He worked for ITN, Channel 4 News and BBC News, where he hosted the BBC Nine O'Clock News and the Ten O'Clock News .He was dropped from this position in January 2003. Sissons reportedly accused the BBC of ageism in response to its decision to remove him from the bulletin.
In 2002, Sissons announced the death of the Queen Mother on the BBC. This broadcast created controversy and criticism from some newspapers as he wore a burgundy tie and not a black one, deemed more appropriate for such news.He later defended his choice and a senior BBC source said: "We thought if the newsreader suddenly rushed off screen to change into a black tie for the announcement it would be a distraction for viewers."
Sissons subsequently presented weekend afternoons on BBC News, the corporation's 24-hour rolling news channel, although until 2004 he still occasionally appeared on the Ten O'Clock News when Huw Edwards, Fiona Bruce and Darren Jordon were unavailable. Sissons also presented News 24 Sunday, the replacement for Andrew Marr's BBC One programme The Andrew Marr Show when it was off air during the summer. He also occasionally presented weekend bulletins on BBC One.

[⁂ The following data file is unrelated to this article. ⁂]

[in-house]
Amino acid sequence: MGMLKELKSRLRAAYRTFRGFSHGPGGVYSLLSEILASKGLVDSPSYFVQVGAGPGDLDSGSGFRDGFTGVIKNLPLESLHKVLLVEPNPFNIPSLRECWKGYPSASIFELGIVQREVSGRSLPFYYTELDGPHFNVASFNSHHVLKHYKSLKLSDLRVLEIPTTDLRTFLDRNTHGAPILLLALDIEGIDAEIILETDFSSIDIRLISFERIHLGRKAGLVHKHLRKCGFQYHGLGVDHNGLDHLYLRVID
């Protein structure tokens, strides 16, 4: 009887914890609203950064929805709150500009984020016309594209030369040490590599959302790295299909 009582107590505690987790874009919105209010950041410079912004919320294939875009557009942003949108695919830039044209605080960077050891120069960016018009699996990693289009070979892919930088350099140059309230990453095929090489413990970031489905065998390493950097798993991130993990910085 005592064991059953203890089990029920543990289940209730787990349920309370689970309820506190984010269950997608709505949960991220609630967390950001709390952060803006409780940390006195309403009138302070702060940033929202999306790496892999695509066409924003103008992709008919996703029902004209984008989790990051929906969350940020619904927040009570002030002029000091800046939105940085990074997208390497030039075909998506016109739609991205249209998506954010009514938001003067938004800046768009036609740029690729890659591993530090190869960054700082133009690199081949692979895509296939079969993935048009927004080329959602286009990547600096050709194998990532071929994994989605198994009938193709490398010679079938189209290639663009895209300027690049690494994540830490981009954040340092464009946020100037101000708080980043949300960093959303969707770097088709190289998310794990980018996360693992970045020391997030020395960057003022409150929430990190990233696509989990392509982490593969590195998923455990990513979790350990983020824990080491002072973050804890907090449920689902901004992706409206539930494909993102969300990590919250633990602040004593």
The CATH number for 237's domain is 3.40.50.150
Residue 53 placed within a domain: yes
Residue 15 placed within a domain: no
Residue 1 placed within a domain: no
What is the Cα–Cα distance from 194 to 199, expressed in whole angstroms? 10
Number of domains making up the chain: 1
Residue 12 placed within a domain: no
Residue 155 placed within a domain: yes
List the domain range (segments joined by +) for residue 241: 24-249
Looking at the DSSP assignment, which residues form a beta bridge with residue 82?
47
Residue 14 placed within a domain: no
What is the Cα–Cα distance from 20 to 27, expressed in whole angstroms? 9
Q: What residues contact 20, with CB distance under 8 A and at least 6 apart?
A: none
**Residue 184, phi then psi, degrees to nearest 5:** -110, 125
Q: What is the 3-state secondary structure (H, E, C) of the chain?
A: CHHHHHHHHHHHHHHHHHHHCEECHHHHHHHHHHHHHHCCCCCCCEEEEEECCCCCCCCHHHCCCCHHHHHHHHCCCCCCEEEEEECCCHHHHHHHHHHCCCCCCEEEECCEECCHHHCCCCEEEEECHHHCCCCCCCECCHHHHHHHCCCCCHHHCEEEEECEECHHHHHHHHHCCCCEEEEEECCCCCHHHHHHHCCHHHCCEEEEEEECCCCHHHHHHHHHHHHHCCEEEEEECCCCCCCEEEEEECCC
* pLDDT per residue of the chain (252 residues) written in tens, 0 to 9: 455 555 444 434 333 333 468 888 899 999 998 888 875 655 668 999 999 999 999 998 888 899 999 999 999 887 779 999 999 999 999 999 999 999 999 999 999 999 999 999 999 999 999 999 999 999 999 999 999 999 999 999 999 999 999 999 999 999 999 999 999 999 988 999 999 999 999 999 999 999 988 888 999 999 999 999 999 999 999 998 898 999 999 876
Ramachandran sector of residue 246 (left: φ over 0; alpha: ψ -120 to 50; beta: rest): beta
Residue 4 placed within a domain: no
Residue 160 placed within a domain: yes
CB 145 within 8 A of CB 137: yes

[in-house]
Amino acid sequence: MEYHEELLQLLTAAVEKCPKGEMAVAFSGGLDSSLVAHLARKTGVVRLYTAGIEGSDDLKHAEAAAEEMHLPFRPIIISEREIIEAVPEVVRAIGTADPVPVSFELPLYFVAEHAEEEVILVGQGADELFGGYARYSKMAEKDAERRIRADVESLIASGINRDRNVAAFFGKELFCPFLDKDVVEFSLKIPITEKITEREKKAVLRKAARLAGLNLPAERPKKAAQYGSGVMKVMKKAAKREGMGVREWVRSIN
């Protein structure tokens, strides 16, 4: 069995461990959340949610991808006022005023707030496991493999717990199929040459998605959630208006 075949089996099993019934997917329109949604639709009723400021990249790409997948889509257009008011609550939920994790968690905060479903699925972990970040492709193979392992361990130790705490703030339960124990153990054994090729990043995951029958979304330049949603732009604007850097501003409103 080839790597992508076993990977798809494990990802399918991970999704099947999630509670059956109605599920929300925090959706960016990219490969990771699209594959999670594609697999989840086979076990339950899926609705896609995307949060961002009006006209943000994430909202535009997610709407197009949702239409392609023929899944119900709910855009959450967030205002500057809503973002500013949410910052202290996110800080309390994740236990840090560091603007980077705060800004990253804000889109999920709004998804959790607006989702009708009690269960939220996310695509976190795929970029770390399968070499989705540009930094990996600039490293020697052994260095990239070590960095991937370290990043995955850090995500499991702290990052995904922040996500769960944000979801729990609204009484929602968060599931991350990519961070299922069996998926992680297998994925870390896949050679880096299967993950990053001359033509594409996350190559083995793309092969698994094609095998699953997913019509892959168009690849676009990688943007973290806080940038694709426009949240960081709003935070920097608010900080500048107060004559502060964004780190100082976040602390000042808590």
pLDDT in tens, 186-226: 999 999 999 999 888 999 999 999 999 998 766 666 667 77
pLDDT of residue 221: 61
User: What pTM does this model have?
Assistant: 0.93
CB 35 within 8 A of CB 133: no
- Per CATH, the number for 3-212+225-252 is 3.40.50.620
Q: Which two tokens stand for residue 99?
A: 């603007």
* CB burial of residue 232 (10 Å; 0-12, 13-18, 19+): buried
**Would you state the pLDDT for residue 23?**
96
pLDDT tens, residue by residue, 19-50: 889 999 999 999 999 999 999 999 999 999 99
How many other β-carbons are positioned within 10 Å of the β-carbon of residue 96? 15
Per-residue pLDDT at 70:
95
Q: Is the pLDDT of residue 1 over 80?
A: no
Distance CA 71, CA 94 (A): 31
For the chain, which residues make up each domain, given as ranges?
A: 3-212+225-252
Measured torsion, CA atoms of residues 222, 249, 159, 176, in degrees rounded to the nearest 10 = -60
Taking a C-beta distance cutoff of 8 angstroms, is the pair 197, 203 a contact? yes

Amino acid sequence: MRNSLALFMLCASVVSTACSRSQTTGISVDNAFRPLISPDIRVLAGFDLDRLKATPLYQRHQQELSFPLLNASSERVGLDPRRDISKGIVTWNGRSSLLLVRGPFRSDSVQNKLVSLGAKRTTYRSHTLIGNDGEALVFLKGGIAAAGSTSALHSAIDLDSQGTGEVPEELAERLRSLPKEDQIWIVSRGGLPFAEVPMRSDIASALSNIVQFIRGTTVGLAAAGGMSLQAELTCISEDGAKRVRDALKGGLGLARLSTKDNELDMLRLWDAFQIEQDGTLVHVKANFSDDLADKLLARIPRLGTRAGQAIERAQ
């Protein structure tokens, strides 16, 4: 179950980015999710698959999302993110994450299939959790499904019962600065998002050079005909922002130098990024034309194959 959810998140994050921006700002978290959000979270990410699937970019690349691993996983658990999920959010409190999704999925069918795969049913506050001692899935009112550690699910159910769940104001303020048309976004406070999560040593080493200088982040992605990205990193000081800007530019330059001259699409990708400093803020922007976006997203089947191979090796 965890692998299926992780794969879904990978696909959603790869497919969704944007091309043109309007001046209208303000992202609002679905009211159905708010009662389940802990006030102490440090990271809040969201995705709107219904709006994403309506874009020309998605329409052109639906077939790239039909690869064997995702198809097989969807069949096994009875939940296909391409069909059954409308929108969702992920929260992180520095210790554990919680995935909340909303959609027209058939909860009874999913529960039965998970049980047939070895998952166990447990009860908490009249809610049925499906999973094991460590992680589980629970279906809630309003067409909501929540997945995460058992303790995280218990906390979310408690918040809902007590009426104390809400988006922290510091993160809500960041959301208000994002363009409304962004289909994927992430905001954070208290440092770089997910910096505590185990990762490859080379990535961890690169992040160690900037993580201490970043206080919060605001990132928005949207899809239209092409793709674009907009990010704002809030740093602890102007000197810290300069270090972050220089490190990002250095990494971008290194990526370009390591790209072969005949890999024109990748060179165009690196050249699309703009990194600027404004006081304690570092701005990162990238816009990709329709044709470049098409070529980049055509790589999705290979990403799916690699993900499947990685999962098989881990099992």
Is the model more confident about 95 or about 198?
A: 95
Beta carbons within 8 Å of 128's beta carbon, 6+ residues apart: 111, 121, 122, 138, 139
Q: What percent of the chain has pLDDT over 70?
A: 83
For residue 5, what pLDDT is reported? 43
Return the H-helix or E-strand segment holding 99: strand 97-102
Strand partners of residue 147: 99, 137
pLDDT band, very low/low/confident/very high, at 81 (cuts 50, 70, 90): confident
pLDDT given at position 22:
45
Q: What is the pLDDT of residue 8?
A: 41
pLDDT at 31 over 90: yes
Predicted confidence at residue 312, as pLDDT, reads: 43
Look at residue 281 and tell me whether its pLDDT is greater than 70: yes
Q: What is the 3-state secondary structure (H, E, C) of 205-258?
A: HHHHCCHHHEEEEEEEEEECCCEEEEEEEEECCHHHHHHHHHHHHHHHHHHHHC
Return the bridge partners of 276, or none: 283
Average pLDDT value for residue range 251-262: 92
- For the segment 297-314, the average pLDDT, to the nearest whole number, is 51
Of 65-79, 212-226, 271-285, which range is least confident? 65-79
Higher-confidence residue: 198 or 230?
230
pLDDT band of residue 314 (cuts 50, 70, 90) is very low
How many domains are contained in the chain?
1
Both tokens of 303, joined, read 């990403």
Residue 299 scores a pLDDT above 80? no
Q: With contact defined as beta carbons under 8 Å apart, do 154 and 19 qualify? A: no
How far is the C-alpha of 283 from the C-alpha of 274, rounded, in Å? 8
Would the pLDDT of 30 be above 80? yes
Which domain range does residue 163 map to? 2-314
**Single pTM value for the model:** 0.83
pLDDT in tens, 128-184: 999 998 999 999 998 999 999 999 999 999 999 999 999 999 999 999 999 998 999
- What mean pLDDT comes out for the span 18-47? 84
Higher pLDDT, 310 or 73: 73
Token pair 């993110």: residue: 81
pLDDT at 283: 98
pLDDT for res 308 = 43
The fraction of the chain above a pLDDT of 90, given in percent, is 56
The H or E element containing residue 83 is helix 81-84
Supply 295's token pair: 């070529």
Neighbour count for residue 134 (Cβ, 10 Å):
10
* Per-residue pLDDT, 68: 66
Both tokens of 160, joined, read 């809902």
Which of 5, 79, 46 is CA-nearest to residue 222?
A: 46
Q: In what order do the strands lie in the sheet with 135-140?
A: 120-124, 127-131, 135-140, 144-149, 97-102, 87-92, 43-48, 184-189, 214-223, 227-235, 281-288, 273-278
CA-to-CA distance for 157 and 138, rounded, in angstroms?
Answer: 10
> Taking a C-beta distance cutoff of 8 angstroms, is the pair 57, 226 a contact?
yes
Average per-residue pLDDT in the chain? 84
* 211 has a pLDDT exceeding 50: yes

He retired from the BBC in 2009,announcing on 12 June his intention to retire in the summer in order to write his memoirs.
Sissons cited a 2009 interview he conducted with Harriet Harman as the final catalyst for his decision to leave the BBC. He noted how producers seemed "twitchy" about leaving him to interview the Labour politician unsupervised, and that those producers contacting him with advice "seemed to be fully paid-up members of her fan club." Sissons noted his shock at being urged not to raise the issue of a breaking controversy surrounding Gordon Brown failing to invite the Queen to a D-Day commemoration event, because it was "only a campaign being run by the Daily Mail". He asked the question anyhow, and upon arriving home afterwards decided he no longer wished to work for the organisation.
Following his retirement, Sissons published his 2011 autobiography When One Door Closes in which he was highly critical of his former employer, the BBC. He argued that the organisation had a left-wing mindset "in its very DNA" and that the BBC News had a bias towards, New Labour, the United Nations, the European Union, environmental groups, Islam, ethnic minorities, and women. He claimed that "I am in no doubt that the majority of BBC staff vote for political parties of the Left". Sissons also highlighted the BBC's corresponding bias towards the Independent and Guardian newspapers, stating "producers refer to them routinely for the line to take on running stories, and for inspiration on which items to cover."
Sissons was a Liverpool John Moores University Honorary Fellow and delivered a lecture on 19 June 2008 speaking about the city of Liverpool.He was a lifelong supporter of Liverpool Football Club.